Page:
You may have noticed that, when you’re tired, you’re less enthusiastic about making an important decision. Fatigue decreases concentration as well as excitement. Thus, being tired usually means that you’ll make hasty decisions just so that you feel that you’ve dealt with the issue at hand. But hasty decisions are rarely good ones, are they?
While this all seems like common sense, these notions are now supported by actual academic research in the field of decision-making. Even though there have been bits of research on the influence of tiredness on exam performance, creativity, and learning abilities, the latest work deals with workplace decisions with potentially far-reaching consequences.
A team of Israeli scientists decided to study a large set of parole rulings that took place in Israeli courts. Shai Danziger, Jonathan Levav, and Liora Avnim-Pesso observed judges at work as they decided on the fates of convicts who asked for parole reconsideration.
These decisions are typically quite complicated, especially if the ruling judge doesn’t know the case well from previous hearings. The judge must consider the severity of the original deed, the behaviour of the convict while in prison, the potential threats to the plaintiffs and the public, and the likelihood of the convict’s escape.
Because the convicts are staying in a prison at the time of the decision, awarding them parole is also challenging the status quo. Therefore, the reasons to change the existing situation must be even more convincing, and finding them requires plenty of mental strain. To top it all off, there is usually a limited time in which the judge must hear all the parties and make a decision that will determine how the convict will spend the next few months or even years of his or her life.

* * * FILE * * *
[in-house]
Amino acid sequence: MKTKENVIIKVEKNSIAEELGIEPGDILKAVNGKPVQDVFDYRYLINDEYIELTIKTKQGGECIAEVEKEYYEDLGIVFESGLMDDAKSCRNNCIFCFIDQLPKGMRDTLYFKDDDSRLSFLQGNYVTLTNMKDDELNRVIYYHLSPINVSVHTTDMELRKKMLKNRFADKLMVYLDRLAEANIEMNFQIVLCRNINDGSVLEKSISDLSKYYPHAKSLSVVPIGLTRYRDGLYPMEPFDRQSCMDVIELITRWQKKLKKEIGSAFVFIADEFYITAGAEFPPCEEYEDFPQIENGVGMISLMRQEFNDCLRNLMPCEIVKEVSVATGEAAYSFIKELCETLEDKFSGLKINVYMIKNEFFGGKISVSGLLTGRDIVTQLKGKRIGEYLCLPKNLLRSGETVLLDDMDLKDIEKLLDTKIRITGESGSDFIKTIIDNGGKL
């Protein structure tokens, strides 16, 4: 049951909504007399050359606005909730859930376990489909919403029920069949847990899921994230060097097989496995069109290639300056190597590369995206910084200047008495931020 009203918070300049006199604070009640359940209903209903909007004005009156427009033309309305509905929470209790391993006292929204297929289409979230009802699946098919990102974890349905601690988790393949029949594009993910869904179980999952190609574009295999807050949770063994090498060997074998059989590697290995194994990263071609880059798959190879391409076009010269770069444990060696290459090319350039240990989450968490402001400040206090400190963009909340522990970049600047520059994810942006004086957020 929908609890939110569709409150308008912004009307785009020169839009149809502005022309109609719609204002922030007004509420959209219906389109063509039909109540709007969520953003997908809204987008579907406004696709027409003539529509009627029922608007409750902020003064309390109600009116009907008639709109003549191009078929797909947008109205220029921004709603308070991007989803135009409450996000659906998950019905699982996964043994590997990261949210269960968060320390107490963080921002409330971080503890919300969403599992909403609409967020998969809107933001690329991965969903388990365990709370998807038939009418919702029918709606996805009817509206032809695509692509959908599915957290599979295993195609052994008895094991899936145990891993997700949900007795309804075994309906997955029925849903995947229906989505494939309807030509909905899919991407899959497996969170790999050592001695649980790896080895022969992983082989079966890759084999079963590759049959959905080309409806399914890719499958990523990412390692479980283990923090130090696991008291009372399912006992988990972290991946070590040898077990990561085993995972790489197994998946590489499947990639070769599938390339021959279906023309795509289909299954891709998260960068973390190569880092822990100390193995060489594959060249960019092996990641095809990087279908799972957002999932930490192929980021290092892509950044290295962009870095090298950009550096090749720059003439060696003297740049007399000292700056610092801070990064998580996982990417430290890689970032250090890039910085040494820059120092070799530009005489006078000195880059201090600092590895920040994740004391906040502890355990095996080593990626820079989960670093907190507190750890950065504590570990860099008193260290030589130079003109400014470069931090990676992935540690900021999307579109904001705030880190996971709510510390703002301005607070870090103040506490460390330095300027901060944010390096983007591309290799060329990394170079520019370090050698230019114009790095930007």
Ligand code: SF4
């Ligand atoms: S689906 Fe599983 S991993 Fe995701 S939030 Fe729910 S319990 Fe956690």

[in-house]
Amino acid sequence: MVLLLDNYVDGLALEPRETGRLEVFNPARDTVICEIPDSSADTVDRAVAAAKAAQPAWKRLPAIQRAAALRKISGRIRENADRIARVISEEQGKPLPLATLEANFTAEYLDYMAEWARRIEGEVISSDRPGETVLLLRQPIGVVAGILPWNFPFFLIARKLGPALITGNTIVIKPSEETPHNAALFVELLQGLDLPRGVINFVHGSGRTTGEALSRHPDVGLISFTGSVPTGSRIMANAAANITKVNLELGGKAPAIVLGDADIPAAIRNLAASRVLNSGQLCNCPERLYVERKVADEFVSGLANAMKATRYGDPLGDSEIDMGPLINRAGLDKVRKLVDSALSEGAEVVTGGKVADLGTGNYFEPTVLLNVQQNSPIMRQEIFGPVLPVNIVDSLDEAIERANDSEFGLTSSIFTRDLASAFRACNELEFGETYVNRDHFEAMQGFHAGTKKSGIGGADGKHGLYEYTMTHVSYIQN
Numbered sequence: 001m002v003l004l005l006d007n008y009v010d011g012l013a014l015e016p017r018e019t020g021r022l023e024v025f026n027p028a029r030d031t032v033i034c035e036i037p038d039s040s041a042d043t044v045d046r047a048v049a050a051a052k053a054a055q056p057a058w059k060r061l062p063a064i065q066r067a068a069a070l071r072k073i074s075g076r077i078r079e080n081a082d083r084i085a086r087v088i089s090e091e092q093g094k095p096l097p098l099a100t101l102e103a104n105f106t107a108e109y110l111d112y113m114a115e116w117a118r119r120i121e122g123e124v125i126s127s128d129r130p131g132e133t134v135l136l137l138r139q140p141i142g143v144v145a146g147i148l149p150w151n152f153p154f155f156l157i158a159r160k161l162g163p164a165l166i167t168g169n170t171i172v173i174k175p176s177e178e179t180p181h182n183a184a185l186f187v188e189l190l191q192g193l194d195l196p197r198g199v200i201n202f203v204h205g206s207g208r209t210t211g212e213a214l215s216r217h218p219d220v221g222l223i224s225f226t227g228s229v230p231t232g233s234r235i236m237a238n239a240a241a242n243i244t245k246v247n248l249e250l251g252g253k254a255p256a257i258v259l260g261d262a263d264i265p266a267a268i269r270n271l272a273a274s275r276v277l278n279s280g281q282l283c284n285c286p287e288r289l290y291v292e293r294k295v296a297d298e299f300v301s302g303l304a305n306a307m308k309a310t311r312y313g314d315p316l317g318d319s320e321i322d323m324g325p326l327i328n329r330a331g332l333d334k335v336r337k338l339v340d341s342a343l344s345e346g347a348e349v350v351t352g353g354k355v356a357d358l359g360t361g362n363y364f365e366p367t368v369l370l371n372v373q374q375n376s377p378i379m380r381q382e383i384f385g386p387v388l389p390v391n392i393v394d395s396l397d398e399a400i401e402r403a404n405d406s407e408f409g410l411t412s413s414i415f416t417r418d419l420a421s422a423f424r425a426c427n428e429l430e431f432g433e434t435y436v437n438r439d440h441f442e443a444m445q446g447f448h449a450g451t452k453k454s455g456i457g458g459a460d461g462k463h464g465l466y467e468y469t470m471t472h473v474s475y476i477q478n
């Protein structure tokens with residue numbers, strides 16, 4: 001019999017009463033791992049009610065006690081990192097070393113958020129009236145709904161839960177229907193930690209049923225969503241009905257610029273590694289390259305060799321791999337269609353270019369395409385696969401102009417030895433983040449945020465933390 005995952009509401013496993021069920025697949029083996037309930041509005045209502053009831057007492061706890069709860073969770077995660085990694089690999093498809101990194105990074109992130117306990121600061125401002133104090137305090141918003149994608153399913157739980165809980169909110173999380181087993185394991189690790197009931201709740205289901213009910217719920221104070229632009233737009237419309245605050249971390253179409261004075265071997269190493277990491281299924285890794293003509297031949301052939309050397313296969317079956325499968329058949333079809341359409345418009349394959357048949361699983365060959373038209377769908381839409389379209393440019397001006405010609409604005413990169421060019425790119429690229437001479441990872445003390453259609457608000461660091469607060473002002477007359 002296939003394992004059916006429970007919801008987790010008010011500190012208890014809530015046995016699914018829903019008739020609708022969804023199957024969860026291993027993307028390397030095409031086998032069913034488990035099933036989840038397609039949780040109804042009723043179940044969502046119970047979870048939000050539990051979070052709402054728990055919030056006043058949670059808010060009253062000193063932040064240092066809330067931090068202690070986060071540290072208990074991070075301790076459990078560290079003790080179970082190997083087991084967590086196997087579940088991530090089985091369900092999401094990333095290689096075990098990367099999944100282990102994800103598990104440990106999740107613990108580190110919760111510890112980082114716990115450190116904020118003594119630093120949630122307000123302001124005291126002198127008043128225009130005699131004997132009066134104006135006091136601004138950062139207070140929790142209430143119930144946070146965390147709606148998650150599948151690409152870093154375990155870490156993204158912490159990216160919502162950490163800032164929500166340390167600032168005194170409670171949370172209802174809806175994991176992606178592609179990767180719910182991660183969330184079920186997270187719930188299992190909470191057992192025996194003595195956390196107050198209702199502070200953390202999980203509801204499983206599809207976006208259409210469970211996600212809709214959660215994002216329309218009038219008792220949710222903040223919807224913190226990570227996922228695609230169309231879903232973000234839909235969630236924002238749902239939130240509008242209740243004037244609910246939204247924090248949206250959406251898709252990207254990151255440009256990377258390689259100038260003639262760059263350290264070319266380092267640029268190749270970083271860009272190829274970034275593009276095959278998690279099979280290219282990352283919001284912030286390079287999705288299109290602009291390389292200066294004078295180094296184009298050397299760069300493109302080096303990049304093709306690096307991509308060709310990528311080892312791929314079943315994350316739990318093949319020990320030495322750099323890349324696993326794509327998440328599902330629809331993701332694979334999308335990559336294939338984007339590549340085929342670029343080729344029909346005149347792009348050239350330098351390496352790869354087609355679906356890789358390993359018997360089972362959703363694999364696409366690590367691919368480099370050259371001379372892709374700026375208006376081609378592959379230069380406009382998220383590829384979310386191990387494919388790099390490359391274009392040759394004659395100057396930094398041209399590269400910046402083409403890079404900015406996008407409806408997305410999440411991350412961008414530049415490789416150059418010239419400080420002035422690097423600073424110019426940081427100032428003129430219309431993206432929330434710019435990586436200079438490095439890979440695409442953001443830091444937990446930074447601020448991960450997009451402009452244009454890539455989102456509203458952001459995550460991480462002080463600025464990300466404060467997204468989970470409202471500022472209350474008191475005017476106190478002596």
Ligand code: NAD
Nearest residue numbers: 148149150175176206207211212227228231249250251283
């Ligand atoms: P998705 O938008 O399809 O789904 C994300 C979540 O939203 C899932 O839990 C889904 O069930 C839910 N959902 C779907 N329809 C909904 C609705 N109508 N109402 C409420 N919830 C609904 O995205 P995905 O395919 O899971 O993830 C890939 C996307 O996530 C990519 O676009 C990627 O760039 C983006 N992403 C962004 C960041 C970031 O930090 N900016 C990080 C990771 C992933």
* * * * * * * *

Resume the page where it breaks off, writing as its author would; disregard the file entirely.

The research found that, in a vast sample of unrelated cases and across various judges, the occurrence of granting parole decreased significantly as the judges became more fatigued throughout the day. The impact of the judges’ tiredness was so dramatic that the first prisoner of the day had around a 70% chance of being released, whereas the last prisoner before a lunch break had on average less than a 10% chance of receiving a favourable ruling.
According to the research, this can be attributed to the judges’ mental depletion as they made more and more decisions. Remarkably, a lunch break or a coffee break seemed to provide enough refreshment for the judges to make a few favourable rulings before they got “too tired to let go of the prisoners” again.
The marginal implication of these findings is that you should always ask for the first time-slot of a judge if you are asking her or him for a “favour” of this sort. There are, however, more relevant learning points for our day-to-day life.
The complexity of a parole ruling is loosely reminiscent of the decisions many of us must occasionally make. Whether your decision involves spending a lot of money, conceiving a child, or relocating to another house, it is advisable that you always take a short period of quality mental refreshment before you act.
Being relaxed will open up more options and opportunities for you, as you will not be afraid to challenge your own status quo and take up an exciting adventure.
So do not let anyone force you to make an important decision in haste, in the street, or in an impromptu meeting. Your own tiredness can prompt you to take a lead from a salesman, listen to irrational instincts, or fall for a scam or a trap.